Catholic Church's Visiting Priests Come under Scrutiny
By David Hennessey
January 17, 2012
|St. Mary Church on Greenwich Avenue.|
About five years ago, a visiting priest from Haiti was looking for a parish in the Diocese of Bridgeport to call home for a time.
His travels brought him to St. Mary's Parish on Greenwich Avenue, whose pastor offered the priest, Jean Marie DeGraff, room and board while DeGraff was working in the diocese and advocating for his impoverished home country of Haiti. In return, DeGraff performed duties around the parish as needed, including assisting with Mass and speaking with parishioners, a role he filled between 2007 and 2008.
DeGraff, who became a priest in the Society of St. Jacques in Haiti in 2004, traveled throughout the diocese, which encompasses Fairfield County, with the permission of Bishop William Lori, speaking at parishes about his home country.
Diocese officials know DeGraff, 49, performed a variety of duties at St. Mary and moved around the diocese. But that's where officials' knowledge of his movements ends. The diocese says it has no record of where else in the diocese the priest served.
The case of DeGraff, who now stands accused of sexual misconduct charges in Canada and was previously accused of abuse in Connecticut, has victims' advocates calling for greater transparency from the Catholic Church with respect to alleged incidents of abuse.
Advocates are also zeroing in on visiting priests, known within the church as extern priests, like DeGraff, whose movements in the diocese go at least somewhat unchecked.
"These are, frankly, priests we worry about a lot," David Clohessy, director of the Survivors Network of those Abused by Priests, said of visiting priests.
Though the Diocese of Bridgeport has defended the role of extern priests, advocacy groups say the Church must be more forthcoming about the backgrounds of all priests.
Chief among Clohessy's concerns about extern priests is the thoroughness of their background checks before they visit a diocese. Their mobile nature can also present a problem, he said.
"I think it's much easier for these extern priests to move elsewhere," he said.
While visiting relatives in Canada, DeGraff was arrested Oct. 31, 2011, and charged in the Calgary, Alberta, court system with two counts each of sexual assault, sexual exploitation, incest, unlawful confinement and one count of assault in connection with allegations that involved a minor family member. He was also investigated in 2008 by the Connecticut Department of Children and Families after a child-abuse claim surfaced, but the investigation did not find enough evidence to file criminal charges against him.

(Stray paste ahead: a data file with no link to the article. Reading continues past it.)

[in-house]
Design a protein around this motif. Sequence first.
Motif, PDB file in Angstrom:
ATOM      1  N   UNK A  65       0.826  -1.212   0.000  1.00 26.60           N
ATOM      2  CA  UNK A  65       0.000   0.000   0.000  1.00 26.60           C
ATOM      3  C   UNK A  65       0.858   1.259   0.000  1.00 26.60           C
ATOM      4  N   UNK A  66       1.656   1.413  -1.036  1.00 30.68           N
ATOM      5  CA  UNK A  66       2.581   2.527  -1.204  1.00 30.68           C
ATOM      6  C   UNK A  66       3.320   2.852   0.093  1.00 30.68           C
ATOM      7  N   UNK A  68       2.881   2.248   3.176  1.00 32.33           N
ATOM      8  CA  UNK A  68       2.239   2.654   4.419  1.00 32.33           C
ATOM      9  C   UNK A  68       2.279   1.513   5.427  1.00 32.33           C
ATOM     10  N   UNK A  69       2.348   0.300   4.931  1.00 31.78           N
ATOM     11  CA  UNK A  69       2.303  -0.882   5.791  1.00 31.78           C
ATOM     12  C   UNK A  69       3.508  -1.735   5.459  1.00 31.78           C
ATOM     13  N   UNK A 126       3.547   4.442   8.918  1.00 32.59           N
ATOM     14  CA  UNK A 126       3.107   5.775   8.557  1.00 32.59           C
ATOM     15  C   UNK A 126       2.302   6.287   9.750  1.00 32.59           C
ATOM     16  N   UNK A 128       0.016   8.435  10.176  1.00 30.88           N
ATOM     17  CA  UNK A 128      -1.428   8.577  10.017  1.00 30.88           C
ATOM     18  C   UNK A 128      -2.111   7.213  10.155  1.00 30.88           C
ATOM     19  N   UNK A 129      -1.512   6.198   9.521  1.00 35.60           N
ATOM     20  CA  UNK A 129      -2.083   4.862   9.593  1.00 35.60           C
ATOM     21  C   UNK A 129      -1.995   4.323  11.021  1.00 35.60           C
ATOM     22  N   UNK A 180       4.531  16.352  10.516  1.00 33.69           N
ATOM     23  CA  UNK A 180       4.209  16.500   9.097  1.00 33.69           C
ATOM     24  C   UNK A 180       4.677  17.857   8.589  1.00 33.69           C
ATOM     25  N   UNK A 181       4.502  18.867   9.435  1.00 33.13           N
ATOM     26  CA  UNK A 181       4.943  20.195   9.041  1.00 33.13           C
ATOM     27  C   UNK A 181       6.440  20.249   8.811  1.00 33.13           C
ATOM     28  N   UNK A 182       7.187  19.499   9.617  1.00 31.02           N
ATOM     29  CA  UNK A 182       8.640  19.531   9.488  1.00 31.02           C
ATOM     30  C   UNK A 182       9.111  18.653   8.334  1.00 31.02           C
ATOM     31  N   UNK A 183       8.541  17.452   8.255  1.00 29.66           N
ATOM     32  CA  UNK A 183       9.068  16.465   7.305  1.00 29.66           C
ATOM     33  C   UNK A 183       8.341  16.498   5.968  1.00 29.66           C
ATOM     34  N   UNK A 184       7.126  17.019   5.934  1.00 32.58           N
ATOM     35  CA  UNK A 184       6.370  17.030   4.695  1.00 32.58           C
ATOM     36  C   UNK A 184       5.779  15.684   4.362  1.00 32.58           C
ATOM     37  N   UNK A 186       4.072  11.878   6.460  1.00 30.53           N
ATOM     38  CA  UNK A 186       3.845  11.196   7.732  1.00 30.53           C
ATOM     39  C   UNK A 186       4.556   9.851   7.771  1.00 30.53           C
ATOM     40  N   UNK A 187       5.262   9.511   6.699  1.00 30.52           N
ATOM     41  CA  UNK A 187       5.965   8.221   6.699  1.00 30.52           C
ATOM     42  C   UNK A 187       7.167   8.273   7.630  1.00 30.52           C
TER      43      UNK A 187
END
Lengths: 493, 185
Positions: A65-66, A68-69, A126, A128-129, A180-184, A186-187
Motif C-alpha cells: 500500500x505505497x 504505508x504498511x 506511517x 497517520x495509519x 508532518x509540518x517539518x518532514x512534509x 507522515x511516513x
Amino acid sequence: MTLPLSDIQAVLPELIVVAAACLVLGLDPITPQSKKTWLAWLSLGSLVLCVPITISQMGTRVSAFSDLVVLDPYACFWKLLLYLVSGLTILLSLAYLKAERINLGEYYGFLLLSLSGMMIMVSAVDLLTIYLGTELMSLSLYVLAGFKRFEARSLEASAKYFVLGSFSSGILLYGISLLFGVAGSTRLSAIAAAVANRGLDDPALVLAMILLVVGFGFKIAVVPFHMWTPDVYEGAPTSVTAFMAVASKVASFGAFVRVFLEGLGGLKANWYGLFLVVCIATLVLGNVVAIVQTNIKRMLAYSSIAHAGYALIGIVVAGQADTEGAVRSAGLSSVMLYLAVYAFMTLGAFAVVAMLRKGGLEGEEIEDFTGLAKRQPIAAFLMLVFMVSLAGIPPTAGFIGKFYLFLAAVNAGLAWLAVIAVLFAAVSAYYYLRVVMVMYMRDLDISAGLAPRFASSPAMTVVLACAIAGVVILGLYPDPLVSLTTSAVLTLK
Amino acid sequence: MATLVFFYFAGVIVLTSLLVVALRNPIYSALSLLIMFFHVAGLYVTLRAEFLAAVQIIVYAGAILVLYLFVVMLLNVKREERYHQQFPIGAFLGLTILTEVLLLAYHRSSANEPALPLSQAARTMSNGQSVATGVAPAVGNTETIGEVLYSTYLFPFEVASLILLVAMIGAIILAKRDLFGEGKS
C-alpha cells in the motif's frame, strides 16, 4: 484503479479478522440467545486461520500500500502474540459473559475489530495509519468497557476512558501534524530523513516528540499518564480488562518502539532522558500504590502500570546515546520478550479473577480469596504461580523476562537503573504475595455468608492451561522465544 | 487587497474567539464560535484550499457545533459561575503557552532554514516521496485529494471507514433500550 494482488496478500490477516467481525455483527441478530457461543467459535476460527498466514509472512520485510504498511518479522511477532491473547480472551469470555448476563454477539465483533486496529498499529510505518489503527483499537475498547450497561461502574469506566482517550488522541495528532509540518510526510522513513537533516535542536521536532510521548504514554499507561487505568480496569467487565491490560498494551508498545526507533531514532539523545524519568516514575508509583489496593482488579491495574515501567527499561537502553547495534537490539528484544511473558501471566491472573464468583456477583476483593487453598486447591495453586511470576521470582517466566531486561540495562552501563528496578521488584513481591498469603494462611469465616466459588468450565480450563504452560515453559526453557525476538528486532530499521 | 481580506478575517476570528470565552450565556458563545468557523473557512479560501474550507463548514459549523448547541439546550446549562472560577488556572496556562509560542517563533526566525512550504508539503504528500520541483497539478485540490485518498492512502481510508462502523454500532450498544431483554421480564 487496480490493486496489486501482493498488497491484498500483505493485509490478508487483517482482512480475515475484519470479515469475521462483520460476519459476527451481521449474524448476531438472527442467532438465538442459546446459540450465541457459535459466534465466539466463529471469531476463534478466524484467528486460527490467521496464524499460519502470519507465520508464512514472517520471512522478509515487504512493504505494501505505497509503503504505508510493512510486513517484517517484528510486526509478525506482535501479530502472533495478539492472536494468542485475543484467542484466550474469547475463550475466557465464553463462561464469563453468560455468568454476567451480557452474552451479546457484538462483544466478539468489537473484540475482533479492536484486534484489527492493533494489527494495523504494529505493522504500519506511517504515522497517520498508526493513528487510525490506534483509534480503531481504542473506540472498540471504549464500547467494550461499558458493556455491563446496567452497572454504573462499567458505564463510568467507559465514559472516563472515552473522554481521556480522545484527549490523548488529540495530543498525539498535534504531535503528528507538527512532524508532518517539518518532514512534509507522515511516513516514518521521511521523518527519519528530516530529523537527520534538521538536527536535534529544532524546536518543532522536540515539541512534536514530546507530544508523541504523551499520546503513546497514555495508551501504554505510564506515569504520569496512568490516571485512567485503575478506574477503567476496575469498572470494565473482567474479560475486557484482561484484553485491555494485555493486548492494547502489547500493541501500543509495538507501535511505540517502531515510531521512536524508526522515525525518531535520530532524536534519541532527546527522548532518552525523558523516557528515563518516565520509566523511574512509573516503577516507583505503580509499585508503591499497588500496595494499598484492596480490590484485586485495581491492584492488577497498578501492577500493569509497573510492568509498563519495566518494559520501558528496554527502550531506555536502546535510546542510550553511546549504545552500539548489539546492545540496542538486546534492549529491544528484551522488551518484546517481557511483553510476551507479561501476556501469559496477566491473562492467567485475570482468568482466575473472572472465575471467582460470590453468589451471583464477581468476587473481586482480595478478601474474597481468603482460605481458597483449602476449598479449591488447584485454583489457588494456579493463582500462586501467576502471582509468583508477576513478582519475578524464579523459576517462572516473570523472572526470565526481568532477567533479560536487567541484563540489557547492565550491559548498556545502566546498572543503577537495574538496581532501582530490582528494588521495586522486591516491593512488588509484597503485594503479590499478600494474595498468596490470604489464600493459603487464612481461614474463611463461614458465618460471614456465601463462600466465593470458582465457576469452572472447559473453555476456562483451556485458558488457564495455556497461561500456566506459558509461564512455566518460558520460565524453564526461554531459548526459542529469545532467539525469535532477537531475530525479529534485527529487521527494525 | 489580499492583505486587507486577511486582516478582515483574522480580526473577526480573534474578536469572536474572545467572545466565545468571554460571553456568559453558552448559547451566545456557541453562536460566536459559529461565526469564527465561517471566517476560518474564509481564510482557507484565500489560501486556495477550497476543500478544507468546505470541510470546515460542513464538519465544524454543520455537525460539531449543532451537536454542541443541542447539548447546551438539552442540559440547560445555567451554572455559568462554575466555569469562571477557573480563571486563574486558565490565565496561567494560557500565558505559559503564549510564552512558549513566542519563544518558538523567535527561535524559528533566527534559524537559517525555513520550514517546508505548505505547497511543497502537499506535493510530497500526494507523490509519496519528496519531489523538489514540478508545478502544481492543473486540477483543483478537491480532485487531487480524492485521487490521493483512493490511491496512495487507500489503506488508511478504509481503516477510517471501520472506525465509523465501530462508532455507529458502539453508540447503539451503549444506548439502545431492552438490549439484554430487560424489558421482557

In neither the 2008 investigation nor DeGraff's recent arrest did diocese officials alert congregants or the media of the news about him.
That lack of transparency is a problem, Clohessy said.
If an allegation, rather than a criminal charge or conviction, has been made against a priest, Clohessy questioned how often the church would communicate that allegation to the diocese the extern was planning on visiting.
Ultimately, a bishop allows an extern into his diocese, and the bishop is responsible for the safety of parishioners, Clohessy said.
Brian Wallace, a spokesman for the diocese, said the alleged problems with DeGraff are the exception, not the norm, and that the diocese did not make the DCF's investigation into DeGraff public in 2008 because no criminal charges were filed. Even so, the diocese removed him from working with parishioners and instead assigned him to handling administrative tasks within the diocese.
Diocesan officials did not inform parishioners of DeGraff's recent arrest because it happened in Canada and also because DeGraff is not a member of the Bridgeport diocese, Wallace said. DeGraff is no longer working in the diocese and diocese officials alerted the U.S. Conference of Catholic Bishops of the arrest.
"If he's found guilty of the charges, he will not work again in any diocese," Wallace said.
Though it did not publicize the 2008 investigation, the diocese acted quickly in dealing with DeGraff once it learned of the allegations, Wallace said.
"It was acted on in 12 hours, and he was removed," Wallace said, explaining that the diocese withdrew DeGraff from public ministry.
Wallace added that the diocese must consider a priest's individual rights.
"No one has a right to know, in a legal sense, if an allegation has proven to be unfounded," Wallace said.